Bingo has been a staple on British high streets for decades and now that it has gone online its potential seems infinite. Let’s take a look at where it’s come from and where it’s going.

The national daily papers have featured bingo games for decades. With legislation for online bingo advertising relaxing and the smoking ban shifting people from bingo halls to their homes, the climate for online bingo is perfect. Bingo has grown into a British phenomenon.

The past four years have seen a huge leap in popularity for bingo being played online. The latest data from BingoPort.co.uk’s Bingo Trends show that the online bingo industry in the UK has turned over £300 million in revenue coming from over 400,000 players.

Bingo is perceived more as a social activity than a gambling activity and this means there is a lot of potential for online bingo rooms. While bingo has always been perceived as harmless, gambling has not, but it now seems that the negative stigma of gambling is also decreasing. This is possibly because of the introduction of the British National Lottery in 1994.

The latest British Gambling Prevalence Survey (BGPS) published earlier this year reported that for those who were surveyed the National Lottery and bingo were not classified as gambling activities. To reinforce this, those surveyed did not like answering questions about the National Lottery and bingo when they were classified as gambling.

Before 2000, research showed that bingo players were mainly working-class women who saw playing bingo as an opportunity to socialise at a relatively low cost. This grew to a much larger scale after 2000 when Britain had a massive bingo revival. The revival of bingo was probably because there was a relaxing of advertising standards for bingo and also because bingo halls were built with computerised screens and a good infrastructure like car parks, air conditioning, comfortable seats, licensed bars and good food.

After the smoking bans were enforced across Britain in 2007, the bingo halls saw a big decline in numbers of players with many preferring to play bingo online where they are free to smoke.

The Vital Statistics

The most recent BGPS reported that 9 percent of the British population had played bingo, online or offline, in the past year. It also reported that while men are more likely to gamble, twice as many women had played bingo in the last year.

Another observation is that a new type of bingo player has emerged – the exclusively online bingo player.

Bingo is also becoming more popular among younger people with 10 percent of people age 16 to 24 saying that they played in the past year. Out of this group more played online than offline and more women played than men.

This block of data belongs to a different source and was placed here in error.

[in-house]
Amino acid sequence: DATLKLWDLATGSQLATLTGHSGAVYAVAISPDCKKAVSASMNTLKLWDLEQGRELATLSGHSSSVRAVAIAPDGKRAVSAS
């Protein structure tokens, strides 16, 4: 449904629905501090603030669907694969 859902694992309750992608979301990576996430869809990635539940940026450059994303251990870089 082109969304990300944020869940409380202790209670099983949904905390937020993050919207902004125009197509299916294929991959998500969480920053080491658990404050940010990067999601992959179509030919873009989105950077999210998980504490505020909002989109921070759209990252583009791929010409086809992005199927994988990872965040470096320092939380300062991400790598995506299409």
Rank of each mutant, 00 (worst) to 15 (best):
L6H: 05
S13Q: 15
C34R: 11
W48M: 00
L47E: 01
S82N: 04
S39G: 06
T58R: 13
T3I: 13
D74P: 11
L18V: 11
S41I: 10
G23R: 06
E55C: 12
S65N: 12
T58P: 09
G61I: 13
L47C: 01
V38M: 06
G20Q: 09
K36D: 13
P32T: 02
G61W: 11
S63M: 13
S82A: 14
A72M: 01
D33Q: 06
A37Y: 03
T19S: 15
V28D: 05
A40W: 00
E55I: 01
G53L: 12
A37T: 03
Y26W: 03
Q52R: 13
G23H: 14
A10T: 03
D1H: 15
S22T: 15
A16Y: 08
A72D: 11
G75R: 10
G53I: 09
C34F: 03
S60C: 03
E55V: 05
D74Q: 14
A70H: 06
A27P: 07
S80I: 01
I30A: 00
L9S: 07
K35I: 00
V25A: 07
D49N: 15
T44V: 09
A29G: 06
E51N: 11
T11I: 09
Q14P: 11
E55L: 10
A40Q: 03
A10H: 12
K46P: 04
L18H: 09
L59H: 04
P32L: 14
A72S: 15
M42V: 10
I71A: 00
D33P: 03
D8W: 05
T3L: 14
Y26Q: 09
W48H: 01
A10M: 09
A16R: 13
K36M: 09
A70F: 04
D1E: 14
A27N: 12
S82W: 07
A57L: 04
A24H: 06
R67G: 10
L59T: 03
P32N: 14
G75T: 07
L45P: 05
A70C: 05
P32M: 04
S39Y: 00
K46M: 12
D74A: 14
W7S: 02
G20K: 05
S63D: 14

So, Who Dominates the Market?

The online bingo room with the most players is Tombola. It piggy-backed on The Sun newspaper for a few years and then broke away to grow its own numbers even more, largely and effectively through television campaigns.

Then there is Mecca Bingo and Gala Bingo. Both of these bingo rooms started offline and moved online to become strong and trustworthy brands and now have good market shares.

British high street bookmakers have successfully used their established brands to try their hand in the bingo industry. This includes Ladbrokes and William Hill.

There are also some new bingo rooms who built a good online presence without coming from the high street. Some have grown to become industry leaders like Foxy Bingo, Costa Bingo, Jackpot Joy and Wink Bingo.

From the perspective of the actual bingo players, some trends have surfaced. Even though the online bingo industry is relatively new, players like to stick with what they know and generally only stay loyal to one or two brands. Most online bingo players have joined up to five or six sites but they still seem to play at only one or two of them. Even though this should make it difficult for new operators to get market share there still seems to be space for entrants. About 50 percent of online bingo players showed an inclination to change their sites of choice depending on promotions and reactivation campaigns.

While the British bingo market continues to grow with more and more online bingo sites launching every month this trend must slow down eventually. The online bingo industry is likely to slow down significantly over the next year which will result in a series of mergers and acquisitions and a few site shutdowns in the case of the smaller operators.

About the Author:

Tanya Ryder is the resident writer for Fortune Affiliates, who helps the company stay on top of industry news and trends to keep their affiliates in the know.


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